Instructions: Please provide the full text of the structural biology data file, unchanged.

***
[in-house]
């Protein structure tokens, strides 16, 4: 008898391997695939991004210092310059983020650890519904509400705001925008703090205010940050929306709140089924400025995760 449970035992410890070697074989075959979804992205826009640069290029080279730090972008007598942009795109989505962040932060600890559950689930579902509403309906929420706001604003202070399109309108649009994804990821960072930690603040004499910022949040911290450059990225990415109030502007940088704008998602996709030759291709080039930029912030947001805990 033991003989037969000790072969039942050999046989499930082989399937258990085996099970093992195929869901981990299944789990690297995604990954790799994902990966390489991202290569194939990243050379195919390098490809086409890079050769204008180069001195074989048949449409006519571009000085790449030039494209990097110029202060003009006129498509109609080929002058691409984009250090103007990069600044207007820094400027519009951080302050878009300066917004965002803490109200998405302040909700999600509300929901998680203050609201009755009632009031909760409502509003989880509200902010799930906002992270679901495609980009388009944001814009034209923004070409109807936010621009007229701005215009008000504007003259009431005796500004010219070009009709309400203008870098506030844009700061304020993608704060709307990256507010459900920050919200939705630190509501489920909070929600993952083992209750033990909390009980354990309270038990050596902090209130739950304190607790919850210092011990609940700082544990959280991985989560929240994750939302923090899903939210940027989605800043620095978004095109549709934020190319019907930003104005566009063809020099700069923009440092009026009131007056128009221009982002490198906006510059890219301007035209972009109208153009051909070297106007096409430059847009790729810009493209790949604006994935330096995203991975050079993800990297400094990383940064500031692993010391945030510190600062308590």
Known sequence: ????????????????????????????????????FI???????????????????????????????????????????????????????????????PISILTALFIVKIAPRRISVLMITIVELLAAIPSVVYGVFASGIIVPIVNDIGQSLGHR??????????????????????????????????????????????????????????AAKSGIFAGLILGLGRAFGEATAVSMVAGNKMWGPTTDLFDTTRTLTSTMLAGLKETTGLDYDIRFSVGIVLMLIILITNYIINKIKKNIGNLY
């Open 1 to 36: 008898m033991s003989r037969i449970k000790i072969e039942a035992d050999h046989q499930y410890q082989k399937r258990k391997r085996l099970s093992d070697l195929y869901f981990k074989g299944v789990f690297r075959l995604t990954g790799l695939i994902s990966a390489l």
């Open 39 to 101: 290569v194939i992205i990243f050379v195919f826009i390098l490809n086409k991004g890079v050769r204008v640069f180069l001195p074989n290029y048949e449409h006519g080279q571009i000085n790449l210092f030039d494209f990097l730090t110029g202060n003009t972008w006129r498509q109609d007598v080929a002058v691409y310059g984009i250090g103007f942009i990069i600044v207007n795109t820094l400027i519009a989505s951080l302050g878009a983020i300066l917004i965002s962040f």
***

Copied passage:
[in-house]
């Protein structure tokens, strides 16, 4: 008898391997695939991004210092310059983020650890519904509400705001925008703090205010940050929306709140089924400025995760 449970035992410890070697074989075959979804992205826009640069290029080279730090972008007598942009795109989505962040932060600890559950689930579902509403309906929420706001604003202070399109309108649009994804990821960072930690603040004499910022949040911290450059990225990415109030502007940088704008998602996709030759291709080039930029912030947001805990 033991003989037969000790072969039942050999046989499930082989399937258990085996099970093992195929869901981990299944789990690297995604990954790799994902990966390489991202290569194939990243050379195919390098490809086409890079050769204008180069001195074989048949449409006519571009000085790449030039494209990097110029202060003009006129498509109609080929002058691409984009250090103007990069600044207007820094400027519009951080302050878009300066917004965002803490109200998405302040909700999600509300929901998680203050609201009755009632009031909760409502509003989880509200902010799930906002992270679901495609980009388009944001814009034209923004070409109807936010621009007229701005215009008000504007003259009431005796500004010219070009009709309400203008870098506030844009700061304020993608704060709307990256507010459900920050919200939705630190509501489920909070929600993952083992209750033990909390009980354990309270038990050596902090209130739950304190607790919850210092011990609940700082544990959280991985989560929240994750939302923090899903939210940027989605800043620095978004095109549709934020190319019907930003104005566009063809020099700069923009440092009026009131007056128009221009982002490198906006510059890219301007035209972009109208153009051909070297106007096409430059847009790729810009493209790949604006994935330096995203991975050079993800990297400094990383940064500031692993010391945030510190600062308590």
Known sequence: ????????????????????????????????????FI???????????????????????????????????????????????????????????????PISILTALFIVKIAPRRISVLMITIVELLAAIPSVVYGVFASGIIVPIVNDIGQSLGHR??????????????????????????????????????????????????????????AAKSGIFAGLILGLGRAFGEATAVSMVAGNKMWGPTTDLFDTTRTLTSTMLAGLKETTGLDYDIRFSVGIVLMLIILITNYIINKIKKNIGNLY
């Open 1 to 36: 008898m033991s003989r037969i449970k000790i072969e039942a035992d050999h046989q499930y410890q082989k399937r258990k391997r085996l099970s093992d070697l195929y869901f981990k074989g299944v789990f690297r075959l995604t990954g790799l695939i994902s990966a390489l």
């Open 39 to 101: 290569v194939i992205i990243f050379v195919f826009i390098l490809n086409k991004g890079v050769r204008v640069f180069l001195p074989n290029y048949e449409h006519g080279q571009i000085n790449l210092f030039d494209f990097l730090t110029g202060n003009t972008w006129r498509q109609d007598v080929a002058v691409y310059g984009i250090g103007f942009i990069i600044v207007n795109t820094l400027i519009a989505s951080l302050g878009a983020i300066l917004i965002s962040f």